This past May, Florida Gov. Ron DeSantis (R) signed into law the “Protection of Children Act,” which would essentially ban children from “adult live performances” that feature sexual or lewd conduct. Though it had no mention of drag queen shows, the law was largely interpreted as a direct attempt to curtail businesses from advertising shows that feature drag queens as family-friendly events.
Hamburger Mary’s Bar & Grille restaurant in Orlando sued, arguing the law violates free speech rights. The establishment hosts drag shows, among other activities. A federal court in Florida issued a preliminary injunction blocking the law from going into effect, and Florida Solicitor General Henry Whitaker asked the Supreme Court to issue a stay that would reinstate the law while the appeal is underway.
Kavanaugh said that Florida did not raise the First Amendment issue, and instead only challenges “the scope of relief ordered by the District Court—namely, that the injunction prohibits state enforcement of the law not only against Hamburger Mary’s but also against other entities that are non-parties to this litigation.”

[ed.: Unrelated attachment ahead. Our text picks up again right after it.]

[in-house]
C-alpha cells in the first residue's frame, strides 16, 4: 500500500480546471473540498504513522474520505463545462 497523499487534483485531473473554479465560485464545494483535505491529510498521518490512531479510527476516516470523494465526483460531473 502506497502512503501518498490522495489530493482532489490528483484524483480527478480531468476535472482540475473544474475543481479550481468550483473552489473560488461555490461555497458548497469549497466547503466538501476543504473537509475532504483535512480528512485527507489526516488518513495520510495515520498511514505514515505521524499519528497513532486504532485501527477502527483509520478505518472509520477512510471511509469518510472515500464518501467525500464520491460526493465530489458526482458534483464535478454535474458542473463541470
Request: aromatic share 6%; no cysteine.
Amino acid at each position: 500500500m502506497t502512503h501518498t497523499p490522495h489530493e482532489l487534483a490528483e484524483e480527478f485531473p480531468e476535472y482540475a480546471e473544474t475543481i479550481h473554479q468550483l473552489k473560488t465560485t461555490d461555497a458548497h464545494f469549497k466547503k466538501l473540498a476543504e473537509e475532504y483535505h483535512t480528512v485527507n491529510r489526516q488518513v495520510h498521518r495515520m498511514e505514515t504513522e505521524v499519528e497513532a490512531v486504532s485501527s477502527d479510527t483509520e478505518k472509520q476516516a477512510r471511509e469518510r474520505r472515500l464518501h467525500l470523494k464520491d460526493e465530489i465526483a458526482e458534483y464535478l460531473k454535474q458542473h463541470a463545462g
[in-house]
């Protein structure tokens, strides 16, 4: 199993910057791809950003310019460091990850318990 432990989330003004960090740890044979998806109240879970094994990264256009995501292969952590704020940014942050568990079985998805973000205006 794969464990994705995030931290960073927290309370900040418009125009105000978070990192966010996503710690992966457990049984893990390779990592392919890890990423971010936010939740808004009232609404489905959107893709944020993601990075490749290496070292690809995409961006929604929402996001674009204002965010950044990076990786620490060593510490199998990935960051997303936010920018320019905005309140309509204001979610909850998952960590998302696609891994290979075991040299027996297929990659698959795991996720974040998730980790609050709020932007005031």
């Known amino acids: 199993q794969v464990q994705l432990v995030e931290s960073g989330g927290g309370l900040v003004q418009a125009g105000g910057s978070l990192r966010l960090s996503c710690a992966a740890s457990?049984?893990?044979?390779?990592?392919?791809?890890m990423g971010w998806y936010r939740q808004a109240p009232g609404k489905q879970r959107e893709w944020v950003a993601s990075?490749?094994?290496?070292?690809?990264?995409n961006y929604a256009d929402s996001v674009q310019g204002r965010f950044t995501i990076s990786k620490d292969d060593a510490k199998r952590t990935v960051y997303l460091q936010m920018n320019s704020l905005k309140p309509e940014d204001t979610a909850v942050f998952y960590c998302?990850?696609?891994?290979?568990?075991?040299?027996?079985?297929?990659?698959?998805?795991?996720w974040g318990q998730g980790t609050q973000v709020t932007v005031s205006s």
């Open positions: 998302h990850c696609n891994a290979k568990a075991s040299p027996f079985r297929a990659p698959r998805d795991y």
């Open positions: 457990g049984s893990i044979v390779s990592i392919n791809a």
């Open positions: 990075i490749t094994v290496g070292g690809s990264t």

“To be clear, if this Court, for example, were ultimately to affirm the District Court’s First Amendment judgment on the merits, the State could not successfully enforce this law against anyone, party or not, in light of stare decisis,” it said.
The law, therefore, cannot be enforced to its full effect until the Eleventh Circuit hears the case, the Supreme Court concluded.
Conservative Justices Clarence Thomas, Samuel Alito, and Neil Gorsuch voted to grant the stay.
This application is Griffin v. HM Florida-ORL, LLC, No. 23A366, in the Supreme Court of the United States.